Churchill's speeches, by now  out of power, were meant as "wake up" calls to the USA as much as holding out his hope for Europe. It left the USA with the choice of letting Europe go its own way or becoming involved in its defence, the blocking of communism and helping to restore functioning economies with which it could trade.

The veiled threat was that if the USA did not realise what could happen then Britain might then take the lead on creating a new Europe that might become a real competitor to the USA in terms of business and finance across the world.  For all its posturing of democracy the USA was still effectively run by an elite related to big business and Wall Street.

What is not in the documents and not recognised or realised or even in the content of the speeches is the idea of Europe that Churchill might have had in mind.  If he discussed this it would have been quietly and with a select few of confidants.  These in turn would have understood the potential.

By 1947 Britain had lost India and more to the point under Mountbatten the withdrawal was almost complete.  Any lingering idea of "The Political" that is the highest ranks of the Indian Civil Service remaining as guides or advisers was gone.  But it was the lesson of the Raj that mattered to Churchill.

In the story of Britain in India what is astonishing is how few British people were involved in total at any time in running it.  What happened was that the most senior positions at the centre were held by the British with handfuls of key political advisers attached to the Prince's and other potentates.  For much of the 19th Century many of these were actually related to each other.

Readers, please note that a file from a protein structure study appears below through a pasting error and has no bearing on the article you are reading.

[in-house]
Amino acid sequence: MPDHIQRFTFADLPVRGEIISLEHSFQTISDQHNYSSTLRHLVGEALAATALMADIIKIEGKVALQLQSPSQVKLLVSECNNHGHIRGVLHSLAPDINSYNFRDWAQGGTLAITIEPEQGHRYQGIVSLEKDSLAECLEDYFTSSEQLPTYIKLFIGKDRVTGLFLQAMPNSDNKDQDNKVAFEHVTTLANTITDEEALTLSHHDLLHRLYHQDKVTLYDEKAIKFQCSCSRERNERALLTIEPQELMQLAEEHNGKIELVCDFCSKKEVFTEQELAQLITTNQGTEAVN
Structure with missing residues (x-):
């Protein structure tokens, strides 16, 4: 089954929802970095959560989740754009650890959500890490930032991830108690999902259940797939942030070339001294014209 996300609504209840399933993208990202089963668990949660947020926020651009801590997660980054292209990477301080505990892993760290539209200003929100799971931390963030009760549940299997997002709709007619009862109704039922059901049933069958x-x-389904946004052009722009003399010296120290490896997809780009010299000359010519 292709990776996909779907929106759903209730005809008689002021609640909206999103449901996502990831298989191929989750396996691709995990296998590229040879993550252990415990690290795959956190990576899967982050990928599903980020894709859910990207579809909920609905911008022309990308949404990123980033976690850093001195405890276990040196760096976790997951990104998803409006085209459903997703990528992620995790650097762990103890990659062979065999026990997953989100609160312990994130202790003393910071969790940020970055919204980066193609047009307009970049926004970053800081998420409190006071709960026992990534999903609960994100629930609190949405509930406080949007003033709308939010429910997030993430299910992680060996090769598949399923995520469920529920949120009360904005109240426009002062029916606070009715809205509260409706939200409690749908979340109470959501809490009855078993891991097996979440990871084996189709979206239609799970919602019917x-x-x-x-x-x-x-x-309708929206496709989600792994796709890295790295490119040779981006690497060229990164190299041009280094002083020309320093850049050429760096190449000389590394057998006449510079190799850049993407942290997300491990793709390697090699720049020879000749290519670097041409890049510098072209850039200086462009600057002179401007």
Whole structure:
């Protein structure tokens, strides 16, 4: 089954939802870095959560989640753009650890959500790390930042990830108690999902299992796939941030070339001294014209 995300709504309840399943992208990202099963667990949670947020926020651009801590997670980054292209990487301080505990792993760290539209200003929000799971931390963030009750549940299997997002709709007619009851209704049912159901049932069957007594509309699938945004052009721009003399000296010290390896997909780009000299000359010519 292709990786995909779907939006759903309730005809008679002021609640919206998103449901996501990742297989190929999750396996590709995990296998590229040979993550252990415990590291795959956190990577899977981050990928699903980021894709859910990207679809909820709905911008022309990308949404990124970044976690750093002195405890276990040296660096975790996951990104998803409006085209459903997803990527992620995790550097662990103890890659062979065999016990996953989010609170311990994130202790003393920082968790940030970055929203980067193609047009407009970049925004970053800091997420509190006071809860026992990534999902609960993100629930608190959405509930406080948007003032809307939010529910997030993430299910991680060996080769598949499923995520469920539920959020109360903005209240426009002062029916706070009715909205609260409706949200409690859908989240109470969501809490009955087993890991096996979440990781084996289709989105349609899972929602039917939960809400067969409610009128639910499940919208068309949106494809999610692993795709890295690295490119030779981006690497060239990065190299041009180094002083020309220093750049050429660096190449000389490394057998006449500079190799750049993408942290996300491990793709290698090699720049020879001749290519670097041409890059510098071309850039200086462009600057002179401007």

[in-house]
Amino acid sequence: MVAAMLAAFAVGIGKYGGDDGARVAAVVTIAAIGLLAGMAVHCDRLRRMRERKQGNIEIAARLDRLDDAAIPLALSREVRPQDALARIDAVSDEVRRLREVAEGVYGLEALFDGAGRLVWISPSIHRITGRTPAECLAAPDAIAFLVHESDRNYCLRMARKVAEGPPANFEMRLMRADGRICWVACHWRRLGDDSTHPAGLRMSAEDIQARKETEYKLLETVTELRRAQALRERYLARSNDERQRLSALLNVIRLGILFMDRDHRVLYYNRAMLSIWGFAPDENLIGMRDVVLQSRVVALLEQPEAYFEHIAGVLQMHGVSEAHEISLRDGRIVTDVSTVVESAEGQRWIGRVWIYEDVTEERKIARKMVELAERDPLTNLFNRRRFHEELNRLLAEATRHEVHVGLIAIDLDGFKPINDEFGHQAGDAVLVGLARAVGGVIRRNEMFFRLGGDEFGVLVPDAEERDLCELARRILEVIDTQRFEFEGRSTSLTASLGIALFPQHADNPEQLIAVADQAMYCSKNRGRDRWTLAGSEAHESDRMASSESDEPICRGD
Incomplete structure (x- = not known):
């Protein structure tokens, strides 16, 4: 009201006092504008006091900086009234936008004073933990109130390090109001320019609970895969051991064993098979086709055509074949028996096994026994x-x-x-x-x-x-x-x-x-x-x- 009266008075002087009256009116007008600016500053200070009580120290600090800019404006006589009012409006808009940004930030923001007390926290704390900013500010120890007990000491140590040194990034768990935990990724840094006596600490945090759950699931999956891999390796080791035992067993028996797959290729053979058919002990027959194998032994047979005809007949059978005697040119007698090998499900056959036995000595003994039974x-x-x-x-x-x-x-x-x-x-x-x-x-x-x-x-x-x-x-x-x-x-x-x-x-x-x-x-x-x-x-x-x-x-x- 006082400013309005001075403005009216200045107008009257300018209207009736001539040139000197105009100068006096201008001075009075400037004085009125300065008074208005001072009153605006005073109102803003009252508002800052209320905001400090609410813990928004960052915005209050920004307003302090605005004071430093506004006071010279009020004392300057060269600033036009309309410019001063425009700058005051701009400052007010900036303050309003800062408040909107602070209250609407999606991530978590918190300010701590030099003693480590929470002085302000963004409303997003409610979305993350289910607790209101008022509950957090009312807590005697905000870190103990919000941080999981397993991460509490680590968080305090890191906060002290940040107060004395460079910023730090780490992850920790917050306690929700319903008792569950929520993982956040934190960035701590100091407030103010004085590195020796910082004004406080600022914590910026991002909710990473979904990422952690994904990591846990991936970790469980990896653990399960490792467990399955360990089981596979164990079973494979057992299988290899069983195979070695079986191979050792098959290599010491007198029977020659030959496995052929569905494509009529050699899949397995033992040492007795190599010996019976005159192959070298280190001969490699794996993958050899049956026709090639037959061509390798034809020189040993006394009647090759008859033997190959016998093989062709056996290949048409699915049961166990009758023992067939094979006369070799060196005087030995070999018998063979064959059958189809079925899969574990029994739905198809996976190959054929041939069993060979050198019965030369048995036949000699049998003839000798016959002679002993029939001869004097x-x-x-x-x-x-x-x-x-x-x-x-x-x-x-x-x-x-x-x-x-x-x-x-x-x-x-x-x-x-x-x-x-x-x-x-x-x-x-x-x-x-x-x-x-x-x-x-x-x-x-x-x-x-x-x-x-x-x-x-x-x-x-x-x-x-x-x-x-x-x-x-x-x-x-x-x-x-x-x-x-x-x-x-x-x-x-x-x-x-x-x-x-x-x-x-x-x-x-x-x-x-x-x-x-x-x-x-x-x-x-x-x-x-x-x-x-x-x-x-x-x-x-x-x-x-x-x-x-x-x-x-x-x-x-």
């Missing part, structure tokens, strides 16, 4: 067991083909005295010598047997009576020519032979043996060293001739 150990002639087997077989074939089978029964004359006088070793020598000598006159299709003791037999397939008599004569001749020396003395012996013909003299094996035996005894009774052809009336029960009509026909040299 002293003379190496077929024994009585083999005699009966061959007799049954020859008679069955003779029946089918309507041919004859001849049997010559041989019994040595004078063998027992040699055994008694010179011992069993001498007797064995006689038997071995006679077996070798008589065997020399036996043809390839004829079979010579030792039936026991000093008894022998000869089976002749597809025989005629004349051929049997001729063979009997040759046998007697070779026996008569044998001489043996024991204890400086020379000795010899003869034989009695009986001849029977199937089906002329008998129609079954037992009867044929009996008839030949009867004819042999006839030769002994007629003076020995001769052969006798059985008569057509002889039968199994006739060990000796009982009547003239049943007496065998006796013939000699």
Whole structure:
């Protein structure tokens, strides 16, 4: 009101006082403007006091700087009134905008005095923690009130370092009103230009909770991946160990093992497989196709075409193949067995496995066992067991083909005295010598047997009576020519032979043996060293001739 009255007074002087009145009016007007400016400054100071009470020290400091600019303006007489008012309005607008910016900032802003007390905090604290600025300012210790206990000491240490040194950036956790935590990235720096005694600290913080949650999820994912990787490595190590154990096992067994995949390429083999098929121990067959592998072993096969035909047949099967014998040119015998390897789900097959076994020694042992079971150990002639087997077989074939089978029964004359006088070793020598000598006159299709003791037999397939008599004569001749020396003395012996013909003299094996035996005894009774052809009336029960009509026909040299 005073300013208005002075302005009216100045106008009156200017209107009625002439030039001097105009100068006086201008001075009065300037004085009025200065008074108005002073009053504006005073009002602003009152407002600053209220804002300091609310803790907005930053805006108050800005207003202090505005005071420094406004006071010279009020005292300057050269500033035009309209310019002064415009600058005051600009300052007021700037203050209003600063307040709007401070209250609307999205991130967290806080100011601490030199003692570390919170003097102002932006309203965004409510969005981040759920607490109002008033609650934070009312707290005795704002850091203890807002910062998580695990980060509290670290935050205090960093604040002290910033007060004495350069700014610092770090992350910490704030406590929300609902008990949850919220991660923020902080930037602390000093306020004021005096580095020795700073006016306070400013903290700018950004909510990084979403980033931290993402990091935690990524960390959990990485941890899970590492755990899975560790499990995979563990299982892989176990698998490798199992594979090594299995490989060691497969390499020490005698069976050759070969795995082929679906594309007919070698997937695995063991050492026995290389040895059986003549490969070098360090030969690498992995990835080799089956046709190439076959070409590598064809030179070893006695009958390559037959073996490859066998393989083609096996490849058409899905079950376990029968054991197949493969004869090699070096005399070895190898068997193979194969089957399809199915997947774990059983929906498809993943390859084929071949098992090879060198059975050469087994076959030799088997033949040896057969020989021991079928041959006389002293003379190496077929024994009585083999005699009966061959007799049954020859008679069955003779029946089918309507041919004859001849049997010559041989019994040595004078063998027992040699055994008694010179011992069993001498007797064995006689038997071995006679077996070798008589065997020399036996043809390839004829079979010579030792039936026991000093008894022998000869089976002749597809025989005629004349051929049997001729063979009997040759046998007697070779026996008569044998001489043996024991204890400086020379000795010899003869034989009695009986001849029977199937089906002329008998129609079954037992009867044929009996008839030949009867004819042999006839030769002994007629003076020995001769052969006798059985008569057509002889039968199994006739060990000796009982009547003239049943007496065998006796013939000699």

After WW2 the inner few of Churchill's personal friends and generals had mostly been in India, knew the Raj and some were in fact of the Raj.  Churchill himself had been a major figure in promoting Britain's role and purpose in India.  He had seen it as many did as "The Jewel In The Crown".

He understood the complexity and meaning of the Roman Imperium.  This was to grasp and hold the key positions at the very top and to keep the command and control in their hands.

If in a United Europe it was the British that constituted the Imperium, had been the inspiring force, had troops under its command yet delegated much to individual nations as the Raj had to the Princes etc. then Britain would not be just "at the heart of Europe" but the brain and the nervous system as well.

For a short space of time after World War 2, in Europe Britain was almost the last man standing.  Battered, bruised and broke maybe but with enough status and authority for a short time to seize the heights of power in a United Europe.

It might have worked.


  1. Nice post/positing

    It might have worked.........hardly. The UK was effectively bankrupt & in no condition to undertake additional expenditure.

  2. Interesting. It might have worked but probably not with Attlee and co directing operations.

  3. It has worked but with Germany as the Imperium, surely?